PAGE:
CAIRO — Egypt plans to offer some 50 projects valued at up to $35 billion at an international investment conference later this month, officials said Thursday, as the country looks to revive an economy battered by four years of unrest.
Some 1,700 international investors, executives, government officials, financiers and experts have registered to attend the three-day conference beginning March 13 in the Red Sea resort of Sharm el-Sheikh, International Cooperation Minister Naglaa al-Ahwani said at a press conference Thursday.
In the years of turmoil since the 2011 uprising that toppled Hosni Mubarak, growth rates have sunk to around 2 percent, leaving the government with a budget deficit hovering around 12 percent.
President Abdel-Fattah el-Sissi, who plans to inaugurate the conference, has prioritized the economy since assuming office last year, and took the unprecedented step of partially lifting energy subsidies.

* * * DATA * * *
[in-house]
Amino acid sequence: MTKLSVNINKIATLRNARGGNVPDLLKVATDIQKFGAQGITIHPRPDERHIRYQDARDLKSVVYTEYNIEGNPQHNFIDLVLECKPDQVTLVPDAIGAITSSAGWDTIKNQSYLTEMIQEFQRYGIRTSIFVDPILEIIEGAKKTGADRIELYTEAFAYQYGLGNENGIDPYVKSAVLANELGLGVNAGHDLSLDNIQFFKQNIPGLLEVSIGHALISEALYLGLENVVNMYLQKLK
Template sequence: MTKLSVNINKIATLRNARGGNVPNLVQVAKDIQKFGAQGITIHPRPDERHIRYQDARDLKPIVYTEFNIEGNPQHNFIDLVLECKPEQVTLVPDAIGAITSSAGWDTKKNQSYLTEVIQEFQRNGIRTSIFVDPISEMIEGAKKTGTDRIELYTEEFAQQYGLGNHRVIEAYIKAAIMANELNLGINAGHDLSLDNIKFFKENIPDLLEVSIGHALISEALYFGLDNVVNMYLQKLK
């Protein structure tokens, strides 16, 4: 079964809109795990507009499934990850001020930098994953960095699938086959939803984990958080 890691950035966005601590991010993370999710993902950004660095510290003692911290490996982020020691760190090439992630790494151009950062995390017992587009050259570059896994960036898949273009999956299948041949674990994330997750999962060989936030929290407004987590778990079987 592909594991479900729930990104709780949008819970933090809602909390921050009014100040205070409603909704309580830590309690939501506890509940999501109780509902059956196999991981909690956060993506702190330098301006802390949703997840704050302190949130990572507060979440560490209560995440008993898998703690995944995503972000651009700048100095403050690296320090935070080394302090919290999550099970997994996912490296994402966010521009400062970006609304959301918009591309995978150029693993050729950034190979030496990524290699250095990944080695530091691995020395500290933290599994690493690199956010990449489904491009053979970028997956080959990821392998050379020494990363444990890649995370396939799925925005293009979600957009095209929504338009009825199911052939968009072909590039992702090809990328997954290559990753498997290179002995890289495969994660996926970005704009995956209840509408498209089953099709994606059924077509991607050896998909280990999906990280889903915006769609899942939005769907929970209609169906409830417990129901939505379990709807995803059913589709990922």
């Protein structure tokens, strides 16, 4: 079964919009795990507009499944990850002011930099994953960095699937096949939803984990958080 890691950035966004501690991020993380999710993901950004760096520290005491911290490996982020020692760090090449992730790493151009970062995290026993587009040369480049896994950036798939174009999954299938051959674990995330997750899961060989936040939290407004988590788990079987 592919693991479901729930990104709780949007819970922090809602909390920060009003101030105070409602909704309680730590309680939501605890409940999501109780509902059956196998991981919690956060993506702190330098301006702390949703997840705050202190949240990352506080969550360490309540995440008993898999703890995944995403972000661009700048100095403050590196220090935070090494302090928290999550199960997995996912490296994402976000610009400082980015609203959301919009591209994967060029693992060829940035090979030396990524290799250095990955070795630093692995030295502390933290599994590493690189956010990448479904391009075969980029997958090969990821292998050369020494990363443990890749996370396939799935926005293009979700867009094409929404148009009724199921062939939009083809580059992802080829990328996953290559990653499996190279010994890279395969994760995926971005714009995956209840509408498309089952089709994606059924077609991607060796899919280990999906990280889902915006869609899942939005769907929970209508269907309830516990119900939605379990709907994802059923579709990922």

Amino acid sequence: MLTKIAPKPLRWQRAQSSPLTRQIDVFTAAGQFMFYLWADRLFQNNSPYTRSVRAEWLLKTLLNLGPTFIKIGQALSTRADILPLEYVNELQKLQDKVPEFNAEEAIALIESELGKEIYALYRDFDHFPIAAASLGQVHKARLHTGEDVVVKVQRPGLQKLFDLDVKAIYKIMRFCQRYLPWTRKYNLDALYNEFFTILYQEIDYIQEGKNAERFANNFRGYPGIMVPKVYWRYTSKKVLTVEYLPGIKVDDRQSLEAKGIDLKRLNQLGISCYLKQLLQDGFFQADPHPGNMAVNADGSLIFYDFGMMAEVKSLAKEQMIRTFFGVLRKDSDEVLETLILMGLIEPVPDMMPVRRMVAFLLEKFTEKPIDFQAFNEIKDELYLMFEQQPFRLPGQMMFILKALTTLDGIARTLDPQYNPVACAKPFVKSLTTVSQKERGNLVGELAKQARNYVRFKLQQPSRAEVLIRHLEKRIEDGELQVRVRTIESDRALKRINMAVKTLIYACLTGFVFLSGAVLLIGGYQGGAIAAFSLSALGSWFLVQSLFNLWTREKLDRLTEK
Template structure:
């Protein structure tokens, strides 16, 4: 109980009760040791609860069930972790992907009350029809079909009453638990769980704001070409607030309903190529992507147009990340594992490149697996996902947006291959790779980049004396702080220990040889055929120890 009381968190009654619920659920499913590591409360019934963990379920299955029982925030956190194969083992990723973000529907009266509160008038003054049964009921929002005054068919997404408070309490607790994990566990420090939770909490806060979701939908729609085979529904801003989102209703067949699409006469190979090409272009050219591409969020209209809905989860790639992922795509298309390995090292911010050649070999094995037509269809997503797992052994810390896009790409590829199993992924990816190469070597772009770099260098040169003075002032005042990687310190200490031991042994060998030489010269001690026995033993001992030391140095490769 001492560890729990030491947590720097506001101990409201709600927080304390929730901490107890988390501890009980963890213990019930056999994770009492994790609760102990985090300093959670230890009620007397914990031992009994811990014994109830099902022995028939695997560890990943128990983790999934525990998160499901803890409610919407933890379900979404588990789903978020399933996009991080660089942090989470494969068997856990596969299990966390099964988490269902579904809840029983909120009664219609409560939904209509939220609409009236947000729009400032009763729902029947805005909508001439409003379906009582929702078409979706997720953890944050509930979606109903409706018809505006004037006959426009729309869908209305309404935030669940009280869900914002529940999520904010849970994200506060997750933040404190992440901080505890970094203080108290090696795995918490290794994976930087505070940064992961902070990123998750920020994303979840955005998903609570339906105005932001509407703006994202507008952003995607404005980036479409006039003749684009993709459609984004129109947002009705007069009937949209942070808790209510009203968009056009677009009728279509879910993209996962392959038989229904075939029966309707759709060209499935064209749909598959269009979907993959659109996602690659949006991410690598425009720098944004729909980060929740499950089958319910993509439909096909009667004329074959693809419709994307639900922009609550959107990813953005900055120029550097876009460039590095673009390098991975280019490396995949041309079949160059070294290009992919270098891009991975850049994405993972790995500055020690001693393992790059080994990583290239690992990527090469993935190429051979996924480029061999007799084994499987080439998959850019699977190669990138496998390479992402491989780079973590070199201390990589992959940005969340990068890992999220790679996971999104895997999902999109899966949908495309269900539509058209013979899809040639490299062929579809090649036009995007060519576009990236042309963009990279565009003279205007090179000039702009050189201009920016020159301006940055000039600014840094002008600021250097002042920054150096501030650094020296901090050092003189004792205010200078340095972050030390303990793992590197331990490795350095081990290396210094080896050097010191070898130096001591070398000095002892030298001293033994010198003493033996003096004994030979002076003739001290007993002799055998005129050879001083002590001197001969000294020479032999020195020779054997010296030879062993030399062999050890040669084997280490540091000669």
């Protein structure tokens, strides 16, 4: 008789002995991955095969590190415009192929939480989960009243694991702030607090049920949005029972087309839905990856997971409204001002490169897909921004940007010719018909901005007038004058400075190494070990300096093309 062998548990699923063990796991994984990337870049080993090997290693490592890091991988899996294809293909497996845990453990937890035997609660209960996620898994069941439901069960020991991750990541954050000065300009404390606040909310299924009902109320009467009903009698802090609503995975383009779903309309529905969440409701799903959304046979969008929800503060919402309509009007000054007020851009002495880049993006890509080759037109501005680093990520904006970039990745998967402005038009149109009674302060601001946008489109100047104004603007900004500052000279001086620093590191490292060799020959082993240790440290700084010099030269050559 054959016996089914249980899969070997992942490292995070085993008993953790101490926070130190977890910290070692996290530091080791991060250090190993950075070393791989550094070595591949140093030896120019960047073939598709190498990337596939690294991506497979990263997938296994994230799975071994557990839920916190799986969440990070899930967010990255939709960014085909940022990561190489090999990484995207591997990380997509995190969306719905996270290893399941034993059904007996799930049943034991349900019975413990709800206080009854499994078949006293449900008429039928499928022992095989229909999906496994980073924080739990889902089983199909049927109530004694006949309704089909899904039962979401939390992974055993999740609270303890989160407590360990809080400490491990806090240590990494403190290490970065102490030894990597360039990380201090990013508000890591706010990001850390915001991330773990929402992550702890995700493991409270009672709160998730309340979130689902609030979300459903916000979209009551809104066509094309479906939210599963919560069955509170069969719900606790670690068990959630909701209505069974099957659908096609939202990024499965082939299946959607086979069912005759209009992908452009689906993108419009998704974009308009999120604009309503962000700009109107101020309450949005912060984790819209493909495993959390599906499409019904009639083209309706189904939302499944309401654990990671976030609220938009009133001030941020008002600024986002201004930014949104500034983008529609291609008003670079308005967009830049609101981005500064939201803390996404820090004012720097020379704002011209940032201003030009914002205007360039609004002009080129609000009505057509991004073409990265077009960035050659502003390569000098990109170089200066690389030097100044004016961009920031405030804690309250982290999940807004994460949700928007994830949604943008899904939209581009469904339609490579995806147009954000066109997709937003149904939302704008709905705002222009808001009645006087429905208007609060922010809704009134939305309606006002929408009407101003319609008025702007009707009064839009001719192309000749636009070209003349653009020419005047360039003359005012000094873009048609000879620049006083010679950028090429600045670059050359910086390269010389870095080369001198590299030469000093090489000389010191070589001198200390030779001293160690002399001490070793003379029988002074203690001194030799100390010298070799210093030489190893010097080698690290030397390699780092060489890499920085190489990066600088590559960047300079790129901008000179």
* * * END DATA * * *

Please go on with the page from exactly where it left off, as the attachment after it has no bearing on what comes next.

His government has been propped up by Gulf allies, who have given Egypt over $20 billion in aid since 2013, when the military removed Islamist President Mohammed Morsi from power following massive protests against him.
Egypt attracted some $1.3 billion in foreign investment in the first quarter of the current fiscal year ending in June, Investment Minister Ashraf Salman said at the press conference Thursday. The government hopes to reach $8 billion by the end of the fiscal year, nearly double the amount from the previous year.
The government and the International Monetary Fund have said Egypt's growth rate this fiscal year could rise to nearly 4 percent.
Salman said the government has already started negotiations over 10 projects, including a $3 billion power plant. It has also embarked on a mega-project to expand the Suez Canal and develop an industrial zone around it.
"The first indicator for success is to succeed in delivering our message to the world," al-Ahwani said.
"If I succeed in letting the world know that this country has a political leadership and a government that has a vision, plans and policies that it follows, and is vigorously pressing on with reform while nothing is stopping it, I would say this is the most important indicator of success."
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